In addition to healthcare, another prominent use of object recognition has emerged as the capability to see further than ever before has increased dramatically. The James Webb Space Telescope’s (JWST’s) ability to see further also results in a considerable increase in astronomical images. Sifting through these images for new information about the beginnings of the universe or cosmos is an ideal application for artificial intelligence (AI).
The COSMOS-Webb program uses a machine learning model known as Morpheus to examine pictures for pixel-level morphological classifications of cosmological images. To do this, a team of researchers are surveying half a million galaxies from a region of the sky looking for the oldest, fully-formed galaxies.
The images come from COSMOS-Near-Infrared Webb’s Camera (NIRCam) resulting from more than 200 hours of observation. Also, a Mid-Infrared Instrument (MIRI) concurrently maps a smaller region for additional analysis. Operating in the mid-infrared range, MIRI provides exceptional sensitivity and offers four observing modes. These include: imaging, coronography, low-resolution spectroscopy, and medium-resolution integral field spectroscopy.
With multi-band, high-resolution near-infrared imaging and 32,000 galaxies in the mid-infrared region, COSMOS-Webb will examine half a million galaxies to learn more about the universe in a way that has not been previously possible. Using machine learning software, several types of algorithms are used to improve JWST’s vision and the quality of the final images.
Look! Up in the sky! It’s a bird! It’s a plane! It’s ???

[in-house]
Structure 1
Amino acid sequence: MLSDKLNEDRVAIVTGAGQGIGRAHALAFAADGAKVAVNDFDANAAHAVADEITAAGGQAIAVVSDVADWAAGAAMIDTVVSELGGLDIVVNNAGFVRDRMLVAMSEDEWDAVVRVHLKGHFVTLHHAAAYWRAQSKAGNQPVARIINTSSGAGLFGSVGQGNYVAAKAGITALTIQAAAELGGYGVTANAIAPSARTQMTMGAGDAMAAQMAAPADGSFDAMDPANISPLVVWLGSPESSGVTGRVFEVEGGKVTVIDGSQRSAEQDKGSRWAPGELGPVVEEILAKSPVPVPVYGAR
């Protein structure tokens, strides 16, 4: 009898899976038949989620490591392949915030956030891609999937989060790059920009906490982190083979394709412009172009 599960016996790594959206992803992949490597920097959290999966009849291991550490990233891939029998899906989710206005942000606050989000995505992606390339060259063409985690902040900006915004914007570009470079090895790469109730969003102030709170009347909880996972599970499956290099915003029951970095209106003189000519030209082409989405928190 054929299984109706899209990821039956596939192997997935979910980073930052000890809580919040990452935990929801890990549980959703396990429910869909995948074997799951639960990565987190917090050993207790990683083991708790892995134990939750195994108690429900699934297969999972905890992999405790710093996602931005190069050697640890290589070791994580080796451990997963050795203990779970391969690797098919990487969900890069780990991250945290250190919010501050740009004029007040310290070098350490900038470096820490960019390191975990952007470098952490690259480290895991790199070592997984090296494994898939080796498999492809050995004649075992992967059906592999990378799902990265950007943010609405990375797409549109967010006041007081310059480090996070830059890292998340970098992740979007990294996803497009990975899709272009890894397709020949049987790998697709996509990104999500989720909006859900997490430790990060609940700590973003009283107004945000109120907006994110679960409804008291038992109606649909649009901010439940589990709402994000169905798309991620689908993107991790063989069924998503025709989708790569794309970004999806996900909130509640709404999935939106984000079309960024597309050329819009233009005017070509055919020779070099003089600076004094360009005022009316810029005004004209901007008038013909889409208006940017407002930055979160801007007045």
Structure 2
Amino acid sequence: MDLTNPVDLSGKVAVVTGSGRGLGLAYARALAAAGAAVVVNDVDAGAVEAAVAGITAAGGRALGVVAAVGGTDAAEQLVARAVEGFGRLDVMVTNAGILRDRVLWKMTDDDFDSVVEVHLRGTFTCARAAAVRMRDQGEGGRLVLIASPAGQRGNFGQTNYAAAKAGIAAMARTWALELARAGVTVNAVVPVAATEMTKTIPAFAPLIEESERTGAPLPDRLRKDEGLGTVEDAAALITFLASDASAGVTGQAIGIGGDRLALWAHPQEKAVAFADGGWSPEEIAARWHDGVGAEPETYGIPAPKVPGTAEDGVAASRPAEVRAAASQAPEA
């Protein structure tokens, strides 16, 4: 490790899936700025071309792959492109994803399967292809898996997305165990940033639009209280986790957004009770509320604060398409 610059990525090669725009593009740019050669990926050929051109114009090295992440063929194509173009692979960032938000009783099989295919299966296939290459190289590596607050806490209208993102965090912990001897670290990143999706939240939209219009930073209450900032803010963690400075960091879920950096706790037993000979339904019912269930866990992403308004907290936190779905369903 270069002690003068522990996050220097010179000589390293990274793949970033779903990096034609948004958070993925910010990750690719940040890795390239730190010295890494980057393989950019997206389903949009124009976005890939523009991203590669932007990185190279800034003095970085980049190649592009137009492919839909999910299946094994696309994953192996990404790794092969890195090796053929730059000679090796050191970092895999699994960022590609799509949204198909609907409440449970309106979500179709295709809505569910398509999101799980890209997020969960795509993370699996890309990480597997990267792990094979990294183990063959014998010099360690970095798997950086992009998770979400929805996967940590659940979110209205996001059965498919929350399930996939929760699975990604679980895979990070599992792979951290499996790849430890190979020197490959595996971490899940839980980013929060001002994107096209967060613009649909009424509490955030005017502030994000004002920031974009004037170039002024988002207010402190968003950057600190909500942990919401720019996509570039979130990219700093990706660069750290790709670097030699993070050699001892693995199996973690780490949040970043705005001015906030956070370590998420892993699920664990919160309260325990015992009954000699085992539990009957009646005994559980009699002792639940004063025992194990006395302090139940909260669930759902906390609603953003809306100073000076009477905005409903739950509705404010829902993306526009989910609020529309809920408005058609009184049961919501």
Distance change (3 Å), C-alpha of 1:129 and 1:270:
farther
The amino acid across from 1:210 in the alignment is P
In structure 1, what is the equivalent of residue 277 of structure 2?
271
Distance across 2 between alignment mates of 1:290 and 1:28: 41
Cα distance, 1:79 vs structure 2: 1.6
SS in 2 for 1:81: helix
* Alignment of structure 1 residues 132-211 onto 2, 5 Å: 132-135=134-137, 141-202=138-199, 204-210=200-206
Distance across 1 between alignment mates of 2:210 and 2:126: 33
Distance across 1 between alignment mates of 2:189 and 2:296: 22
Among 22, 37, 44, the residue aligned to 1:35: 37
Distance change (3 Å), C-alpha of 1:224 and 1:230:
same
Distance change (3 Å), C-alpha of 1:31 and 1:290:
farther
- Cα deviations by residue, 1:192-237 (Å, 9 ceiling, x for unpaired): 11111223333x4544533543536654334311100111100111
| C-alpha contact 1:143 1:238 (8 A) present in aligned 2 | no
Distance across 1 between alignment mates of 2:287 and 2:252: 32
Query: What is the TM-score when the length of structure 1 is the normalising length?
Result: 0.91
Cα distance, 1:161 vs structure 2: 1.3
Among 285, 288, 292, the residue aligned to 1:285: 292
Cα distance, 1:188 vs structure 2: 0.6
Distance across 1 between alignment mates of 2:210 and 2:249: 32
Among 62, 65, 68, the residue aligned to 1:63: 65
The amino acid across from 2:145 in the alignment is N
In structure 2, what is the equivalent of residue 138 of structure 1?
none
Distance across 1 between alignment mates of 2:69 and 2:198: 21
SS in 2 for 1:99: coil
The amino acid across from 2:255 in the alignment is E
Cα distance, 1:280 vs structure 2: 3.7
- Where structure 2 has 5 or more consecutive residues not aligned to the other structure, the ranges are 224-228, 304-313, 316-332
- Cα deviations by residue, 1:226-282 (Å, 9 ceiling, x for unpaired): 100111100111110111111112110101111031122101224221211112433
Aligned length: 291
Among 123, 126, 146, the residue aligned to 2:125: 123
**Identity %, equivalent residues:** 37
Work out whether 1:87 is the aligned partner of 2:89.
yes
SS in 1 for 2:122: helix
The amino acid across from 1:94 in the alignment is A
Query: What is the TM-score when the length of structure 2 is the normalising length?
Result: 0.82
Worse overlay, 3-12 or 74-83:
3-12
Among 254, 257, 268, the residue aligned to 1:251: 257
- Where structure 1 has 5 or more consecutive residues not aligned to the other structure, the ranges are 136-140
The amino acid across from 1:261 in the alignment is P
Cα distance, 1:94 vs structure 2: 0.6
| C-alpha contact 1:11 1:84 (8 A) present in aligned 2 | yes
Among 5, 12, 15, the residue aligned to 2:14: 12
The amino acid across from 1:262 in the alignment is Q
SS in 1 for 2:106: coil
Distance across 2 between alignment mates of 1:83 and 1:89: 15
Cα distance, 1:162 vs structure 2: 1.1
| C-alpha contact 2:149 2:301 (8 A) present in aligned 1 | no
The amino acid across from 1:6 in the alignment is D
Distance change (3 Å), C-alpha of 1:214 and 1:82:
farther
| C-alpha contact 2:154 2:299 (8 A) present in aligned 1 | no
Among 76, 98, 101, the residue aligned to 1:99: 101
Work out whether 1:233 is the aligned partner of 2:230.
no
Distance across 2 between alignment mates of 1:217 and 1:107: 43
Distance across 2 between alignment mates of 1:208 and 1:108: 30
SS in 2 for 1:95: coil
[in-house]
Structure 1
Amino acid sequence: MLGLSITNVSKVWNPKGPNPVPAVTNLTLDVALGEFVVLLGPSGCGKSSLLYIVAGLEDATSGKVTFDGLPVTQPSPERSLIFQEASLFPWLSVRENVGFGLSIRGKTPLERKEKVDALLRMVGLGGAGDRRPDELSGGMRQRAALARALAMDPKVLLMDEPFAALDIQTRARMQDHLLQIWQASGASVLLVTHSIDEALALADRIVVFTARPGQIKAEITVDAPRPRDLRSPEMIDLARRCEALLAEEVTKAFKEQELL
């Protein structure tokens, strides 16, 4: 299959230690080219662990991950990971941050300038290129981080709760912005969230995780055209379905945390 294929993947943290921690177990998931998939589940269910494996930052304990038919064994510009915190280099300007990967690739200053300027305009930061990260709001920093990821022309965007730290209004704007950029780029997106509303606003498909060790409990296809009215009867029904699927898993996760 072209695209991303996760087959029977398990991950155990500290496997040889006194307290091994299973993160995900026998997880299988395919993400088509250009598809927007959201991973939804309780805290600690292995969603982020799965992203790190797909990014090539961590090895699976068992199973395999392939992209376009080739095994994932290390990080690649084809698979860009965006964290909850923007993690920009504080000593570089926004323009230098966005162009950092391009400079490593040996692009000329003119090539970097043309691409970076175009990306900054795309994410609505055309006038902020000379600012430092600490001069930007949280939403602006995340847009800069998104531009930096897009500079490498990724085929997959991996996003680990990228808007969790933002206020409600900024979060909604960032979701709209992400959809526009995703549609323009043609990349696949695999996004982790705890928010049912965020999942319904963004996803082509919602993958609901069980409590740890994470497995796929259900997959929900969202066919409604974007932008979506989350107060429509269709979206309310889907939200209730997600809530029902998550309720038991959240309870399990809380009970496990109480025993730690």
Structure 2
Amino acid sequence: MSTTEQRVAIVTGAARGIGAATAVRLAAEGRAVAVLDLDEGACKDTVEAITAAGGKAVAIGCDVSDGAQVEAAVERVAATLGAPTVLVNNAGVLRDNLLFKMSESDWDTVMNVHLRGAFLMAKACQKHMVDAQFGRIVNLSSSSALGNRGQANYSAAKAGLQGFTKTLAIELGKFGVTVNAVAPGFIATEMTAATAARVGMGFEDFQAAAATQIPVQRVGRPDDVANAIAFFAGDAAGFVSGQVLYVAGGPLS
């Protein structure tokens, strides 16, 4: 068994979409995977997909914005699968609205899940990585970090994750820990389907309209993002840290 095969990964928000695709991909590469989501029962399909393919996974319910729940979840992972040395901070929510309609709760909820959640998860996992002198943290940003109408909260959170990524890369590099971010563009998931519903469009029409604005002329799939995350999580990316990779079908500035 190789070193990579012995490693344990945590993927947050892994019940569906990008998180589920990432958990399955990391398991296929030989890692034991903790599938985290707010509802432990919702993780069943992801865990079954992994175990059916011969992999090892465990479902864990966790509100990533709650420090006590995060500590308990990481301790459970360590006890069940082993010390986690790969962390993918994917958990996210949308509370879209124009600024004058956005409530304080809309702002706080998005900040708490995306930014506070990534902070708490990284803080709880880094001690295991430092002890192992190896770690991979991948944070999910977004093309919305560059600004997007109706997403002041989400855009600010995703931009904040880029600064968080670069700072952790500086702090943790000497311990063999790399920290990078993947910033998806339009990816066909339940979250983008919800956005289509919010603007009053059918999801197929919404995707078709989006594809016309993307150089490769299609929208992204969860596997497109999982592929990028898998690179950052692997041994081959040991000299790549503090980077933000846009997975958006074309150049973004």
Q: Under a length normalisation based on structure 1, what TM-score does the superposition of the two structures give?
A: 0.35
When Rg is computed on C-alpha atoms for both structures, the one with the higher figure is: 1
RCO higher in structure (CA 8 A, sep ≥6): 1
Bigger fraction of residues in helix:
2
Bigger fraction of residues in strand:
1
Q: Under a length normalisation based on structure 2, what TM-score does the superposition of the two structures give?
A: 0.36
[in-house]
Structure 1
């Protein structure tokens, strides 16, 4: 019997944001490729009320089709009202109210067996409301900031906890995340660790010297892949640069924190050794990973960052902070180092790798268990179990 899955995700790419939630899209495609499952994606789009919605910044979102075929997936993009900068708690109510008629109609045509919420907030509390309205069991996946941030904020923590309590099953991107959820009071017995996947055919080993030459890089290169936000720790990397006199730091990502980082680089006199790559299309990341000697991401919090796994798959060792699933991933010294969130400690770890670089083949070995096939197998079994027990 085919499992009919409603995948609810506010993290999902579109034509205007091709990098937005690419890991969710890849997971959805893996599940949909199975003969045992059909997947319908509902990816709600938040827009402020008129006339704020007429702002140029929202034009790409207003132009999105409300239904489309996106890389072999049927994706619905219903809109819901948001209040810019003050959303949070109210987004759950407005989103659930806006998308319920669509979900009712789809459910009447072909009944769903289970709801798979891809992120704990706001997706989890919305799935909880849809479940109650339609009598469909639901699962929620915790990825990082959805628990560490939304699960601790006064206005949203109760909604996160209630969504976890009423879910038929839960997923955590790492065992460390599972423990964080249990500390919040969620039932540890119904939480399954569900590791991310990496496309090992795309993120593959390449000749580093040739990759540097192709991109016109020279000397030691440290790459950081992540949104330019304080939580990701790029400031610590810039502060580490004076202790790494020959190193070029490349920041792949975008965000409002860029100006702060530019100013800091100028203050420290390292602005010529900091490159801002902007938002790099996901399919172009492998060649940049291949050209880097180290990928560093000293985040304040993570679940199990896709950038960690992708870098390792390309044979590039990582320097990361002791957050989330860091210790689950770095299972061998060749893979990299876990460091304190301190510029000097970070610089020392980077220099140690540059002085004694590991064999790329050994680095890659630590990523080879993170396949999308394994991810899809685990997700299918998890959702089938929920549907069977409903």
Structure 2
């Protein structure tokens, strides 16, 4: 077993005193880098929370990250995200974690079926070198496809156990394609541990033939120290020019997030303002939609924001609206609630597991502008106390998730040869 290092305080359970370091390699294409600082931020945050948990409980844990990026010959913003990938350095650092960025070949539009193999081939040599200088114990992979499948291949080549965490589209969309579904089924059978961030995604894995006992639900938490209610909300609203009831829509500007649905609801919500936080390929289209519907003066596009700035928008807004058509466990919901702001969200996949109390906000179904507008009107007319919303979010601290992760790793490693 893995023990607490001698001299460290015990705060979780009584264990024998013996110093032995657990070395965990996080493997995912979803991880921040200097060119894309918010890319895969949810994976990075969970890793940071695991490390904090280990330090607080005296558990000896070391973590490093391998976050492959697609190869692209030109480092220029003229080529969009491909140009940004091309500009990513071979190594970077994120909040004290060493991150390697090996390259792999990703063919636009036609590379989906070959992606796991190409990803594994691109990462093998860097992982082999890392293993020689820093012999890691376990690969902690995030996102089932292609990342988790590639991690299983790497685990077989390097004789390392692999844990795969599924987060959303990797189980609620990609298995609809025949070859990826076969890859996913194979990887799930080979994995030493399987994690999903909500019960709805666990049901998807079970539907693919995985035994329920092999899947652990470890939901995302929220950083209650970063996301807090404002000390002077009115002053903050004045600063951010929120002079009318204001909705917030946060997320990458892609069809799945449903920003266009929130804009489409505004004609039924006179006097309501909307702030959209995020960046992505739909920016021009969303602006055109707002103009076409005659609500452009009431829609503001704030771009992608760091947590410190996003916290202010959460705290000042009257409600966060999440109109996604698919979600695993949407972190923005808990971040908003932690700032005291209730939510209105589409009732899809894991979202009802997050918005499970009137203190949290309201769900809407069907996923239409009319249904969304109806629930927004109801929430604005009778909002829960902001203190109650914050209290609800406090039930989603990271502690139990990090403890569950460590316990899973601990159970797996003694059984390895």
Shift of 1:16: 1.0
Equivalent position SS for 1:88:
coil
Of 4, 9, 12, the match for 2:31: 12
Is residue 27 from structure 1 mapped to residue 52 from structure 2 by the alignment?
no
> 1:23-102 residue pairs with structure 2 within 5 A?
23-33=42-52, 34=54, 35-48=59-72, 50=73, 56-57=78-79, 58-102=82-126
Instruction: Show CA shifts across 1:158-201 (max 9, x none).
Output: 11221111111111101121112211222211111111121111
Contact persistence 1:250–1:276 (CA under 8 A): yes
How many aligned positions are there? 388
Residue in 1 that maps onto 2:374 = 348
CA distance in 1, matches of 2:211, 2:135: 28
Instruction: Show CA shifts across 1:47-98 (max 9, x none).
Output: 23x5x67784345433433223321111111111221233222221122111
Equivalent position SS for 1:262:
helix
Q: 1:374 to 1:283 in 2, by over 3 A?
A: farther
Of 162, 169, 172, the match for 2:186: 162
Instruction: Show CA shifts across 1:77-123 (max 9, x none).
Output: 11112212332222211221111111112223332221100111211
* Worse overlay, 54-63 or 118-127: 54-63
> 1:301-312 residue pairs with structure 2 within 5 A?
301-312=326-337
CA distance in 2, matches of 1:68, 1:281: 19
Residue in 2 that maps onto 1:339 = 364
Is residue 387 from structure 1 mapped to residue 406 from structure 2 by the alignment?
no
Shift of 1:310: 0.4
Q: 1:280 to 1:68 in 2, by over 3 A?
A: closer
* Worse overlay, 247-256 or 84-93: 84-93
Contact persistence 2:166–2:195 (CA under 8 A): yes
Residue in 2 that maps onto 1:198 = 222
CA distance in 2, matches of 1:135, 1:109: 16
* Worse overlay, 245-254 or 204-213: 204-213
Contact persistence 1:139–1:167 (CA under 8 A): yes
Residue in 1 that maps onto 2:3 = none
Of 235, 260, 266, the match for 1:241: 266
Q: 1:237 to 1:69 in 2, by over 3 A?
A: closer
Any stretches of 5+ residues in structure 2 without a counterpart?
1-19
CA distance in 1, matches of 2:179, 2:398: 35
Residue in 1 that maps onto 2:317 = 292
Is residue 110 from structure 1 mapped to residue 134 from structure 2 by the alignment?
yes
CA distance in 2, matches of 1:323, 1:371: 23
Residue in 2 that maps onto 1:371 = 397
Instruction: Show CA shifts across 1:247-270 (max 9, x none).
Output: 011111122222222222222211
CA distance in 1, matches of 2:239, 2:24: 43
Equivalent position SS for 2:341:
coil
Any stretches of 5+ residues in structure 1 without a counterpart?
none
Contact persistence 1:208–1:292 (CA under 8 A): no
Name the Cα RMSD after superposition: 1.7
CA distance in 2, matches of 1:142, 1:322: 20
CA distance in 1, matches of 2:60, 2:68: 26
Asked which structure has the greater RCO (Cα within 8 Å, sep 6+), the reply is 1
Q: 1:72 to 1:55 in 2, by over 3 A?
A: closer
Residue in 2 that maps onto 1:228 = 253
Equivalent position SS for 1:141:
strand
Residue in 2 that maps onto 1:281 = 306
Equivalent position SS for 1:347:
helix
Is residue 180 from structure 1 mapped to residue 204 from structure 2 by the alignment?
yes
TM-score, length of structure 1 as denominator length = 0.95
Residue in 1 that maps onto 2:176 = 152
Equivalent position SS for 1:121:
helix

Nearer to home, government organizations such as NASA, and others are now (Dec. 22, 2022) talking about unidentified anomalous phenomena (UAP) which was previously termed unidentified aerial phenomena (UAP) to avoid the antiquated unidentified flying object (UFO) term. With an object from outside of our solar system, Oumuamua, discovered in Oct.19, 2017, the reality of interstellar objects and interest in them has increased. In addition to NASA’s Near-Earth Object Observations (NEOO) Program that funded the University of Hawaii’s Pan-STARRS1 telescope that identified Oumuamua, Harvard University’s Galileo Project is providing analysis of open scientific data collected using optimized instruments. The Galileo Projects three major avenues of research include:
- Obtain high-resolution, multi-detector UAP Images and discover their nature
- Search for and in-depth research on ‘Oumuamua-like interstellar objects
- Search for potential extraterrestrial craft (ETC) satellites
To obtain high contrast imaging, each telescope in the project will be part of a detector array of orthogonal and complementary capabilities from radar, Doppler radar and high-resolution synthetic aperture radar to high-resolution, large camera visible range, and infrared band telescopes. Researchers expect extensive artificial intelligence/deep learning (AI/DL) and algorithmic approaches to differentiate targeted technological objects of interest from false alarms caused by birds, balloons, commercial or consumer drones, and satellites.
With its SkyCAM-5, Julius Maximillians University of Wurzburg has been continuously monitoring the sky for UAPs since December 2021. The test platform for the autonomous detection of UAPs uses image processing algorithms with machine learning models applied to reduce false positive detections.
To filter out extraneous known objects, such as birds, insects or helicopters, are detected and filtered out by a convolutional neural network (CNN). Operators plan to extend the system in the future by adding elements and features in the future such as multiply sensors (cameras), a tracking system, and more.
How AI Enabled James Webb Space Telescope to Capture Stellar Images of Space, https://analyticsdrift.com/how-ai-enabled-james-webb-space-telescope-to-capture-stellar-images-of-space/
NASA Announces Unidentified Anomalous Phenomena Study Team Members, https://www.nasa.gov/feature/nasa-announces-unidentified-anomalous-phenomena-study-team-members/
Galileo Project, https://projects.iq.harvard.edu/galileo/activities
SkyCAM-5, SkyCAM-5 – (uni-wuerzburg.de)